The Social Security Administration manages two benefit programs for Americans who are blind or disabled. Supplemental Security Income (SSI) and Social Security Disability Insurance (SSDI) provide financial assistance and Medicare or Medicaid coverage to recipients. These programs have different payment structures and eligibility requirements, but all beneficiaries must pass the same disability evaluation.
Understanding Supplementary Security Income (SSI) Benefits
Supplemental Security Income (SSI) provides financial assistance to disabled children, adults and elderly folks who do not qualify for SSDI because they haven’t earned disability credits by working for a certain number of years. The benefits come from tax revenue, so they aren’t dependent on employment contributions or past earnings. That’s why disabled children are eligible for SSI.
This program helps people with limited income and resources. It provides money for food, shelter and essential expenses. To qualify, an individual must have less than $2,000 in countable resources. For couples, the limit is $3,000. Payments are distributed on the first of each month. The amount is set by the government and adjusted annually. As of 2017, the federal benefit rate (FBR) is $735 per month for individuals or $1,103 for couples. Recipients are allowed to receive a small amount of income before the payment is reduced.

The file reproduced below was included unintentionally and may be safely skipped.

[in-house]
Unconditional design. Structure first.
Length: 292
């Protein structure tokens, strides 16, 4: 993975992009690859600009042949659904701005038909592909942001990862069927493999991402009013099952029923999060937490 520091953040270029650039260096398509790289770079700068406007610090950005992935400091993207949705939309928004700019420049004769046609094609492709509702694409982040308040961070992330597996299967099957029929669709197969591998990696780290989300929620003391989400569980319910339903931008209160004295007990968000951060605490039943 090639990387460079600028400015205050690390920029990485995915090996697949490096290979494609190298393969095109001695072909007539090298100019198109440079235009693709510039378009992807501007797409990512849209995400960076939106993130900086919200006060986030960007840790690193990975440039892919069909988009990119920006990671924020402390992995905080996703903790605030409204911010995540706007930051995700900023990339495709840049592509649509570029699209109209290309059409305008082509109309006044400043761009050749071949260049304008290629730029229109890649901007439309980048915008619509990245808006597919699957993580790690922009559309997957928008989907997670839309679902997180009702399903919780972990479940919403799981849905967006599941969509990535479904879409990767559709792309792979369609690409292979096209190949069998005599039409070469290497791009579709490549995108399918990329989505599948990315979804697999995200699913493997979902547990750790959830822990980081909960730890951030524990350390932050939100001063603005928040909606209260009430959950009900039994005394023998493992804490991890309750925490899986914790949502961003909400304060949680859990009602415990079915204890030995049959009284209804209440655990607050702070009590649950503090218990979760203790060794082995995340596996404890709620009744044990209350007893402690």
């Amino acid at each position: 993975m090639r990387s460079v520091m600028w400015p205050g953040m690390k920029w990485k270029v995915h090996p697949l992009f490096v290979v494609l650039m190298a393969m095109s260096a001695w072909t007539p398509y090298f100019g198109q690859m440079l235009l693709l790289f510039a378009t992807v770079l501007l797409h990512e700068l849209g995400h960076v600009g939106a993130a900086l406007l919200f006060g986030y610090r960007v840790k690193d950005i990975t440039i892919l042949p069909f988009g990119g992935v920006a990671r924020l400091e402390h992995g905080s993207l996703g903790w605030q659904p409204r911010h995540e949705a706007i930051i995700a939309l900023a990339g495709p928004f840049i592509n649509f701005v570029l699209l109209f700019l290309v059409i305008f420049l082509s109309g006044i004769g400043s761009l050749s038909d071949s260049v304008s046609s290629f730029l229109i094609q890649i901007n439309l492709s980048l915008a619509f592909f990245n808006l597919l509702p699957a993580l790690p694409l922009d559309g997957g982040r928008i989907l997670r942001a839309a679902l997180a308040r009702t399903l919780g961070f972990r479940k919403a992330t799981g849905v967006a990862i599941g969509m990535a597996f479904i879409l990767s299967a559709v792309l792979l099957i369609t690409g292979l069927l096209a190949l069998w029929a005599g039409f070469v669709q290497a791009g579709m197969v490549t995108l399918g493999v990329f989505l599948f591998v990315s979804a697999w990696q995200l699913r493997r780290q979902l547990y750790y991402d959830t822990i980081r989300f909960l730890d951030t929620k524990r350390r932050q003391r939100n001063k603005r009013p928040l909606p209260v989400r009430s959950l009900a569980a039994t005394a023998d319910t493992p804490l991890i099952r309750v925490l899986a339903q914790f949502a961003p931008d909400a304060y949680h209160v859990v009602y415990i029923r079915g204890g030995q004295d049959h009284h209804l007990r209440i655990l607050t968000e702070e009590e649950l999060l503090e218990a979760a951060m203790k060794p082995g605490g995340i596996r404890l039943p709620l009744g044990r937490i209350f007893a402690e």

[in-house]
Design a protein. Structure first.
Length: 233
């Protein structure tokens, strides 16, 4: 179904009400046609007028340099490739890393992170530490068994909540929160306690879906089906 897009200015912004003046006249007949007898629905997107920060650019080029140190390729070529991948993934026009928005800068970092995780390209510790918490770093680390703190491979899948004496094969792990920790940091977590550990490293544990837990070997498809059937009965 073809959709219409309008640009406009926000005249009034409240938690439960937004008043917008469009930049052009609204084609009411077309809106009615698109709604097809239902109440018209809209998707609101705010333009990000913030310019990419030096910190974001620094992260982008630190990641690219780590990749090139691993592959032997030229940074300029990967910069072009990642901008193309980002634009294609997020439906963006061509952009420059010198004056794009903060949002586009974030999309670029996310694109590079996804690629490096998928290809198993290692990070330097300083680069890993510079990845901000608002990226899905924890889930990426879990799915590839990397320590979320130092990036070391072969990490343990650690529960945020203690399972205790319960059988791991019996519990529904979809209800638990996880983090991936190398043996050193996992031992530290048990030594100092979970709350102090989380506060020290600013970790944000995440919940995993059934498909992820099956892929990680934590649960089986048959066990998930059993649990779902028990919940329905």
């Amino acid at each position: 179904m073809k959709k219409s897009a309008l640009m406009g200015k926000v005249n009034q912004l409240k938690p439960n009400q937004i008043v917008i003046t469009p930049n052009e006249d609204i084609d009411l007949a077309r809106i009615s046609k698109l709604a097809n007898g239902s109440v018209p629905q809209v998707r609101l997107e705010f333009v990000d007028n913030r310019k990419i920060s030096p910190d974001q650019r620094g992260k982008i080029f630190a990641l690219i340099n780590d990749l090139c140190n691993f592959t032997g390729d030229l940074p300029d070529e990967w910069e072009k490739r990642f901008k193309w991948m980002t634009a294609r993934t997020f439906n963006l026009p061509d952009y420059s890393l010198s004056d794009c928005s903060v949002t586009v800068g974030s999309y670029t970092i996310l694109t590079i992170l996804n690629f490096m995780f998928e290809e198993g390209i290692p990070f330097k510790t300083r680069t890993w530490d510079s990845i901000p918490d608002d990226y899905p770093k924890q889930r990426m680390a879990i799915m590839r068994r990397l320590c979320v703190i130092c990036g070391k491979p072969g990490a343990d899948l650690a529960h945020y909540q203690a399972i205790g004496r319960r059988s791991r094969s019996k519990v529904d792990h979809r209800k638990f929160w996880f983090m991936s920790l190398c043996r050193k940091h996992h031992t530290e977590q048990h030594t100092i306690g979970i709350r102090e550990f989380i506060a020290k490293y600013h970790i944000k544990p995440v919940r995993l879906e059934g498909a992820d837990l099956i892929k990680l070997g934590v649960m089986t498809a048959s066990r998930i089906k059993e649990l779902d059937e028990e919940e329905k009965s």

Qualifying for Social Security Disability Insurance (SSDI)
Workers who have paid into the disability insurance trust fund through paycheck withholdings are eligible for Social Security Disability Insurance. The benefits are similar to traditional Social Security payments because they’re based on employment contributions and are distributed on a staggered schedule depending on the beneficiary’s birth date.
SSDI recipients can collect workers’ compensation simultaneously. You might be eligible for concurrent SSI if you meet the asset and income limits, but your payments will be reduced since federal benefits and workers’ comp count as income. Your attorney can determine which disability benefits you might be eligible to receive.
Schedule a Free Consultation with Our Disability Attorneys
If you want to apply for SSI or SSDI or if you’re appealing a denial, contact the Social Security disability attorneys at Allums Welsch, PC. Schedule a free initial consultation to discuss your situation and fight for the benefits that you need to support your family and care for yourself. Our experienced attorneys and friendly staff members have helped clients in Bessemer and the greater Birmingham area since 2001.